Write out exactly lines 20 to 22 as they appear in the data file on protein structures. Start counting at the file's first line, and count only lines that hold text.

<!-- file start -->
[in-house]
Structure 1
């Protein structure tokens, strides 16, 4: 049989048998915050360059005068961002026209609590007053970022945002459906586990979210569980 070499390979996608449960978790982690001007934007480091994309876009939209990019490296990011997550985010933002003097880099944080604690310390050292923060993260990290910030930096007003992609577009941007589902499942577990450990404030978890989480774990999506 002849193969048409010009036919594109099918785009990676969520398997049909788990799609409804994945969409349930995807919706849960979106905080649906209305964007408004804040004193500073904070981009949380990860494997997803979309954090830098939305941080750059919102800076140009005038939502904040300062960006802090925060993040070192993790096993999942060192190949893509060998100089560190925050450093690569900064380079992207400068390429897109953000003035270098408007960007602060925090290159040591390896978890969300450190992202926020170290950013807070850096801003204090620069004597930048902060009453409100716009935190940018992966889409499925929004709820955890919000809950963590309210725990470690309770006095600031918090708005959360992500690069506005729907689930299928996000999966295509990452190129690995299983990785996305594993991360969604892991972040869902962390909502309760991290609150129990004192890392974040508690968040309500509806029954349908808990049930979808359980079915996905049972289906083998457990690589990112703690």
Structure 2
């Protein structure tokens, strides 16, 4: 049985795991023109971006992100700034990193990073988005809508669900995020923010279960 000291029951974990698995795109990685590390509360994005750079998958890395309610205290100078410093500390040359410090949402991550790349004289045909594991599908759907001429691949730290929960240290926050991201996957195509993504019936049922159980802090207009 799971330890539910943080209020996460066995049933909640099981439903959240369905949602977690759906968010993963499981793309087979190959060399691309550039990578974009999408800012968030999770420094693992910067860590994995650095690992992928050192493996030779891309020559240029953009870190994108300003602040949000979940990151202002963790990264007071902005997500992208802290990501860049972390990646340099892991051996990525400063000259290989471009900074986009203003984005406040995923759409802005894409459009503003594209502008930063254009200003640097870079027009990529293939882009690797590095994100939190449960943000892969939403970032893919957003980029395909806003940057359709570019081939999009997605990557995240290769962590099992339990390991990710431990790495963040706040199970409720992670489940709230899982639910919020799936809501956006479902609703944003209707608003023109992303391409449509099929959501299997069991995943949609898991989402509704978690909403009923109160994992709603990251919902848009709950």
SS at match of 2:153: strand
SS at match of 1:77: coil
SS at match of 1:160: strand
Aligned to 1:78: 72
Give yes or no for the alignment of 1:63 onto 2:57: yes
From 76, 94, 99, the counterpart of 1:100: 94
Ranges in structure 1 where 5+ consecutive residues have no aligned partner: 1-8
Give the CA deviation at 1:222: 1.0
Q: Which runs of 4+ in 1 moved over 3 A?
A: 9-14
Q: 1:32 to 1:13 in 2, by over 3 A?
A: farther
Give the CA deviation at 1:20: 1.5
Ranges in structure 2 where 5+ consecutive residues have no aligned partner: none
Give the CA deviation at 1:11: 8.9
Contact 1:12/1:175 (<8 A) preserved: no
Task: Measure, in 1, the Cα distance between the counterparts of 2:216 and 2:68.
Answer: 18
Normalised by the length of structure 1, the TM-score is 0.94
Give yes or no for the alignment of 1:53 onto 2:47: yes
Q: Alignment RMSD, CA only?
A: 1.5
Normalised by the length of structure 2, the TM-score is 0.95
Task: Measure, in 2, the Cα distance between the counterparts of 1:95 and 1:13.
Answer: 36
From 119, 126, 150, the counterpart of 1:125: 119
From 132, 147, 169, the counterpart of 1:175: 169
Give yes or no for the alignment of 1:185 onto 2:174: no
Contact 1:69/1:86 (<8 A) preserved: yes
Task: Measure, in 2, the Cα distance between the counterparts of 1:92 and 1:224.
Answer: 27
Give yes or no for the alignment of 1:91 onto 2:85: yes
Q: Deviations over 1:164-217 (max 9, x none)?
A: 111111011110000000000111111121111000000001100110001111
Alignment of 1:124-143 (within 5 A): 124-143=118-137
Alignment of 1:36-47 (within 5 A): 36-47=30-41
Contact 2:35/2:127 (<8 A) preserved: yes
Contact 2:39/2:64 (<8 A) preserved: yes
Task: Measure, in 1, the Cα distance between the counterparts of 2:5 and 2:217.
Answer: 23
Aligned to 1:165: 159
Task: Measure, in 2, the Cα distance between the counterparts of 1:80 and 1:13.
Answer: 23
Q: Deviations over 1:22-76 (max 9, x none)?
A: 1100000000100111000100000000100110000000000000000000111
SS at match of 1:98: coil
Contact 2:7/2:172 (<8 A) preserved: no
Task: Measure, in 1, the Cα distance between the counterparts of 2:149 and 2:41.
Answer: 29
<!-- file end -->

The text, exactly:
Give the CA deviation at 1:11: 8.9
Contact 1:12/1:175 (<8 A) preserved: no
Task: Measure, in 1, the Cα distance between the counterparts of 2:216 and 2:68.